Enjoy an exclusive guest post from Amber Kim, author of “A Tree, a Hope, and a River,” featured in our upcoming anthology ON TIME.
Crafting metaphors is often used in relation to writing. Authors are “wordsmiths” who “cobble” a story and “spin” a tale. It is obvious how the application of technology has radically changed the art of the blacksmith, shoemaker, and ropemaker. Thousands of finished products coming off assembly lines every minute. This mechanization has a well-documented human cost as people are treated as being just as disposable as the products we buy.
I cannot help but wonder if we, as writers of speculative fiction, lose some currently unnamed thing as we jump to computers and smartphones rather than trusting our old tools to see us through, at the very least, our first draft.
I wonder this for many reasons. Partly because I recently spent six hours using my rope-making skills to craft myself a hair tie—I spent a week in solitary confinement. I needed one and tube socks have elastic thread in them, ergo, rope-making. Partly because I’m not sure I would have become a writer if I hadn’t come to prison.
I always feel intimidated anytime I try and write something on a computer. The blinking curser, a tapping foot demanding I type now, Now, NOW! Thirty blue horizontal lines and one red vertical one, a net to gently catch my thoughts as they tumble from my pen. Blank pieces of paper that I can physically hold in my hands always feel like an old friend.
I look at the classics, leather bound tomes of literature which, at times, may be a tad long-winded (Steinbeck, Hemingway, yeah, I’m talking about you). Yet there is a poetry woven throughout their lines of prose even as they went on for (many) pages about diarrhea on route 66 and the history of a skinning knife lost over the rail of a whaling ship. Teh keeped they’re tipo’s two a mini um, editing with great care.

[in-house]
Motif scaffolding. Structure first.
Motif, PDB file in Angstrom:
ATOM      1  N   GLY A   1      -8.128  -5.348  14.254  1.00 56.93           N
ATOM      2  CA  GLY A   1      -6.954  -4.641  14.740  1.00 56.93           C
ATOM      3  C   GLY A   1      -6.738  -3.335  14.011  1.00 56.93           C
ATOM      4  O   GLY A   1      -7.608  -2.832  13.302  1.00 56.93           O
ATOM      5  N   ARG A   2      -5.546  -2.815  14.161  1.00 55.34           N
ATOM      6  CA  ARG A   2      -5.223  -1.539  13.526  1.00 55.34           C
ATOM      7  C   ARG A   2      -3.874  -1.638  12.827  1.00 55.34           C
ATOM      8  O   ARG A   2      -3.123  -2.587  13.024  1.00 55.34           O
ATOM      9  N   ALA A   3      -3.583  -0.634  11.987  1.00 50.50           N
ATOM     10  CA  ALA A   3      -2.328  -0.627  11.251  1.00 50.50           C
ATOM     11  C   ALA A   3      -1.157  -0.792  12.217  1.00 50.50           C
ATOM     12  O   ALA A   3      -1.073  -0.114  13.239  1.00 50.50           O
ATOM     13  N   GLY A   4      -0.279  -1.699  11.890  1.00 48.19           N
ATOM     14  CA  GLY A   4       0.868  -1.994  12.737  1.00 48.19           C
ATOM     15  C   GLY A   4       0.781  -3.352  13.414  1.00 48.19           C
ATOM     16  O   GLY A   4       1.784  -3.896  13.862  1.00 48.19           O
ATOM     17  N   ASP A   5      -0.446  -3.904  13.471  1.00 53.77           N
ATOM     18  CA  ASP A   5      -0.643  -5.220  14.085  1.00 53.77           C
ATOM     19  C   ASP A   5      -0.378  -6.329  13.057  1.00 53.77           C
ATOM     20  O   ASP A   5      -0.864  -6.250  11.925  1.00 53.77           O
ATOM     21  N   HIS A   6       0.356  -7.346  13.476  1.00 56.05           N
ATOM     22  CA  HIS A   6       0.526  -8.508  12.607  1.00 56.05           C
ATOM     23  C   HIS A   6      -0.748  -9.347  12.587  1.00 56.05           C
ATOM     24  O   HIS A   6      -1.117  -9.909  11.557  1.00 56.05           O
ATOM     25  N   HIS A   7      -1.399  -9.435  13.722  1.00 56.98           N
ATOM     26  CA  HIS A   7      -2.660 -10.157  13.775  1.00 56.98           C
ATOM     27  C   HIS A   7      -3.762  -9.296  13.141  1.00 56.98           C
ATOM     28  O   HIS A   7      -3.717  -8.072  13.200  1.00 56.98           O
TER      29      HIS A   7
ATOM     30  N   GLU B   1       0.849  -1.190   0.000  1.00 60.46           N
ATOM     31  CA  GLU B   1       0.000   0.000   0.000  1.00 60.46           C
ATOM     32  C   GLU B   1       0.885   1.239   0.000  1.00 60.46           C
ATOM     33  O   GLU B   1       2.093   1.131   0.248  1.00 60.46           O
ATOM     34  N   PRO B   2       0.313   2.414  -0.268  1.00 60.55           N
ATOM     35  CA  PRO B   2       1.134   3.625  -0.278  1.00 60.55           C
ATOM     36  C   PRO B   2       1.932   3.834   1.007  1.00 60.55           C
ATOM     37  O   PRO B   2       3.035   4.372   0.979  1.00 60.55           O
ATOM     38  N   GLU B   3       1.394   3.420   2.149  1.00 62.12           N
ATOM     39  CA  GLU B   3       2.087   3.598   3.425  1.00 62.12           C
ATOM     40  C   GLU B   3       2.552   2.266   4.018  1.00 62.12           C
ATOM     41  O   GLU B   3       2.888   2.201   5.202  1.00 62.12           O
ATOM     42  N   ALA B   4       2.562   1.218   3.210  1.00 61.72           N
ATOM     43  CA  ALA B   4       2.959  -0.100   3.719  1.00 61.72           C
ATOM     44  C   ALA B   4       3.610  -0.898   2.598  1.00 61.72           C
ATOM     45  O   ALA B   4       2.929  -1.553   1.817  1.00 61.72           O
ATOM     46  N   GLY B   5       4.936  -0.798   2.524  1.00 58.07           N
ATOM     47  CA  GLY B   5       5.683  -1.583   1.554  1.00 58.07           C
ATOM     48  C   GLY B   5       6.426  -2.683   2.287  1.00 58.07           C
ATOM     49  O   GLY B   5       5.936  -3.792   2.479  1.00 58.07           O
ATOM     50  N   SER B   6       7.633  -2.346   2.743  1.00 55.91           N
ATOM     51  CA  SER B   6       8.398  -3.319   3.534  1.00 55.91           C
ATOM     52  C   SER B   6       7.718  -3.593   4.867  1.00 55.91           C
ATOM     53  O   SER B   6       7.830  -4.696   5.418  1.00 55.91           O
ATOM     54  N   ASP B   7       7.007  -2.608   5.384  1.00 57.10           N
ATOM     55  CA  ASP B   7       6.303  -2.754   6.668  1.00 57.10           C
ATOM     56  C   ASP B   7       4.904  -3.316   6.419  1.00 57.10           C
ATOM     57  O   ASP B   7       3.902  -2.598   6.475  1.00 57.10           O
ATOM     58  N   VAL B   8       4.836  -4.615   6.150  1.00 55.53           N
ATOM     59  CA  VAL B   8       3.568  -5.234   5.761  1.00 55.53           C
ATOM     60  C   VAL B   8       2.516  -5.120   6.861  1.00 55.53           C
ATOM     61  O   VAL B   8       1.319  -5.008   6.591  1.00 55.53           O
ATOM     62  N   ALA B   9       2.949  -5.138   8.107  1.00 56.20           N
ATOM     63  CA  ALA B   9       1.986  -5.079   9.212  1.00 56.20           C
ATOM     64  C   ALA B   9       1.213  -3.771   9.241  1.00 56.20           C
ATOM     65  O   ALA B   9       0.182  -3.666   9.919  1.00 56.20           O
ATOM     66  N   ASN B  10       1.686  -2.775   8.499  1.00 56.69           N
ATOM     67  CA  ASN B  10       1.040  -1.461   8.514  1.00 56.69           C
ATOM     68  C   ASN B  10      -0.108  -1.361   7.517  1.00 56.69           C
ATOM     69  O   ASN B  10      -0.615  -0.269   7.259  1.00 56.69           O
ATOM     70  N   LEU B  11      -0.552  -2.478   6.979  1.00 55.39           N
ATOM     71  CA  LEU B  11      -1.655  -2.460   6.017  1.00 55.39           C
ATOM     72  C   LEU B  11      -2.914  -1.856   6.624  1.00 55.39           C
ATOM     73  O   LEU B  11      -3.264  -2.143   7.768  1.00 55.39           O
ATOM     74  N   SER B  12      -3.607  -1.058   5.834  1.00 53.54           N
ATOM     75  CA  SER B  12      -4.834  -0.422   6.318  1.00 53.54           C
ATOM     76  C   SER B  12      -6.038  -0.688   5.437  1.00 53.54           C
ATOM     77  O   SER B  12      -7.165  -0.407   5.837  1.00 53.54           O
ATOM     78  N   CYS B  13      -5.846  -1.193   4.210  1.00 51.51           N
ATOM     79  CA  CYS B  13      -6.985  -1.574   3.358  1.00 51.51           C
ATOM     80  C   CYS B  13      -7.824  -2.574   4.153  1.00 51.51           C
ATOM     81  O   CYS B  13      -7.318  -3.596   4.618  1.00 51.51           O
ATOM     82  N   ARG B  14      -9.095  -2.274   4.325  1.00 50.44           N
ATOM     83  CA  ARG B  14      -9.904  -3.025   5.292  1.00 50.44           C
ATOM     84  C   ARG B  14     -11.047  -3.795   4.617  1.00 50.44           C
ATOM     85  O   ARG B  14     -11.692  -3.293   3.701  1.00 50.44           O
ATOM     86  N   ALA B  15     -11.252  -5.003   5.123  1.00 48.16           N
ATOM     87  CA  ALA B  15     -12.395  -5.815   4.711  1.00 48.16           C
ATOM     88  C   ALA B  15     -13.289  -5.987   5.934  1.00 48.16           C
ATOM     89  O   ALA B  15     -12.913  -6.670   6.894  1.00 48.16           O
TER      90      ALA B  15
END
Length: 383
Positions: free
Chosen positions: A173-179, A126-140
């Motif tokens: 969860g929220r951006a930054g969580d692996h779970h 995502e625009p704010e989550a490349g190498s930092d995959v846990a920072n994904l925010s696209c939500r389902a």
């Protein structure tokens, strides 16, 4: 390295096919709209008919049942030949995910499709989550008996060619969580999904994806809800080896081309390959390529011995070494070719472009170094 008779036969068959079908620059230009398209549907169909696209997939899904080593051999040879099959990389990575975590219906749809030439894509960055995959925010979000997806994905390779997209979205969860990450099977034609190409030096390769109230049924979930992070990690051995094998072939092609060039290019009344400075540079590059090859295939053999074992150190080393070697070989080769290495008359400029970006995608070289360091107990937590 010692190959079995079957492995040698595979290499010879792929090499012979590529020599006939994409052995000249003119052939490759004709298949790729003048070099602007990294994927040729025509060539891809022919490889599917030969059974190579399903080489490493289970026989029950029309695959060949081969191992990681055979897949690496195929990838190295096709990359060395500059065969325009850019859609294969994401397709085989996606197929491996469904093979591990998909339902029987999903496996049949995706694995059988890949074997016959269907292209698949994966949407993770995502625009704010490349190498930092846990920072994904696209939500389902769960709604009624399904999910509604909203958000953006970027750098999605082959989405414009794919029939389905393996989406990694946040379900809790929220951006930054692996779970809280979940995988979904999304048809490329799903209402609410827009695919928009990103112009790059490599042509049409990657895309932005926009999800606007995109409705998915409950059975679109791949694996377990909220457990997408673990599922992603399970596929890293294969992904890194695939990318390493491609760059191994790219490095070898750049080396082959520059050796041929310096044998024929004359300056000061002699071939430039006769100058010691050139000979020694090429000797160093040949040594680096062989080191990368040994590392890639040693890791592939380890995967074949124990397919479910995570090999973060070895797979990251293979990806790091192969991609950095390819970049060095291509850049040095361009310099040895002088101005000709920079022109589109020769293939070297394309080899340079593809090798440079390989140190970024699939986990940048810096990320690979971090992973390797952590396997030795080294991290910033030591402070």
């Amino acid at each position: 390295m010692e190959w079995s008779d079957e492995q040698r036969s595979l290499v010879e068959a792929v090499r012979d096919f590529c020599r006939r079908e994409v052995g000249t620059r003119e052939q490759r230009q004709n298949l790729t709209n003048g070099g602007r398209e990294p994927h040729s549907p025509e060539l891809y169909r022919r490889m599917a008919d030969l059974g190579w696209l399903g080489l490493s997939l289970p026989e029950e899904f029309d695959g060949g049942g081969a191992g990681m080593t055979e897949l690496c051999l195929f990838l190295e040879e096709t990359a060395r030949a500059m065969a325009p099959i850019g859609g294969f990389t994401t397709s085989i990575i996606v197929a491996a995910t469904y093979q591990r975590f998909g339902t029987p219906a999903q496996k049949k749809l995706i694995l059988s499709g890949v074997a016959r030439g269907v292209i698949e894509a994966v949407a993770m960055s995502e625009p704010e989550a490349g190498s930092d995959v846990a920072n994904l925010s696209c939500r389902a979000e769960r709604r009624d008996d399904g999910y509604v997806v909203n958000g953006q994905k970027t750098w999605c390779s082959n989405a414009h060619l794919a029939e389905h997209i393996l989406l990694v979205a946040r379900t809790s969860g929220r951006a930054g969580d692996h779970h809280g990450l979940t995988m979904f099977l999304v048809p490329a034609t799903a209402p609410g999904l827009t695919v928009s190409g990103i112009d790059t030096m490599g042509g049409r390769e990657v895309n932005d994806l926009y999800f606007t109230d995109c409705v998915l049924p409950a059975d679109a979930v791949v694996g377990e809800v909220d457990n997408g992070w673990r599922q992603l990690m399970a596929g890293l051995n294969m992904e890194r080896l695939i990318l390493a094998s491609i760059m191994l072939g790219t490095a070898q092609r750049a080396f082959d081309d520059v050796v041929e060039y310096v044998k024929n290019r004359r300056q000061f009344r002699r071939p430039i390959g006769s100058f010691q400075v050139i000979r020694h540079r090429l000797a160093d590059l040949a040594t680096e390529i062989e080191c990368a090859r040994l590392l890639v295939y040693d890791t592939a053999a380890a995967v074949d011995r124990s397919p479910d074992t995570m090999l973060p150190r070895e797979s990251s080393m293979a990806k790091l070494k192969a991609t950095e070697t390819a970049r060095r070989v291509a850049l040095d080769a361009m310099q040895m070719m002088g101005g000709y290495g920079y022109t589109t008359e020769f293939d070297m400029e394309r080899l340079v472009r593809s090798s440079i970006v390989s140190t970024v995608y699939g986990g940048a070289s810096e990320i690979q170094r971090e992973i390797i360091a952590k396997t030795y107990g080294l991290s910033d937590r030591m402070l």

I’m not saying having a novel typeset on a Gutenberg press or illuminated by Chaldean monks will magically make someone a better writer. I’m saying it’s good to slow down. Do a proper pre-write. Take the time to really know your characters, sit down and have a soda with them. Don’t settle for just editing, actually do a rewrite (or retype) as you go from rough draft to second draft, and possibly again as you move on to your third draft.
Some of these are things writers used to do because they were forced to by technological constraints, and others because they are just a good idea.
Granted, when it comes to seeing the process of my fellow authors, my experience is more limited than most. However, I feel that many try and rush to putting exciting events on paper without giving much thought to conventions, word choice, character development, world development, pacing and (the thing I find most important to my own writing) turns of poetry woven throughout the prose.
Thus, my advice to new writers is to take your time, experiment with carrying a comp book and a pen with you wherever you go and see how that informs your writing the next time you settle in front of a screen. Slow down and let your writing be a journey, not just another mass-produced product.
Amber is a thirty-two-year-old trans woman serving life without the possibility of parole in Washington State. She is an activist, witch, student, writer, and not about to let some pesky prison walls stand in the way of her dreams.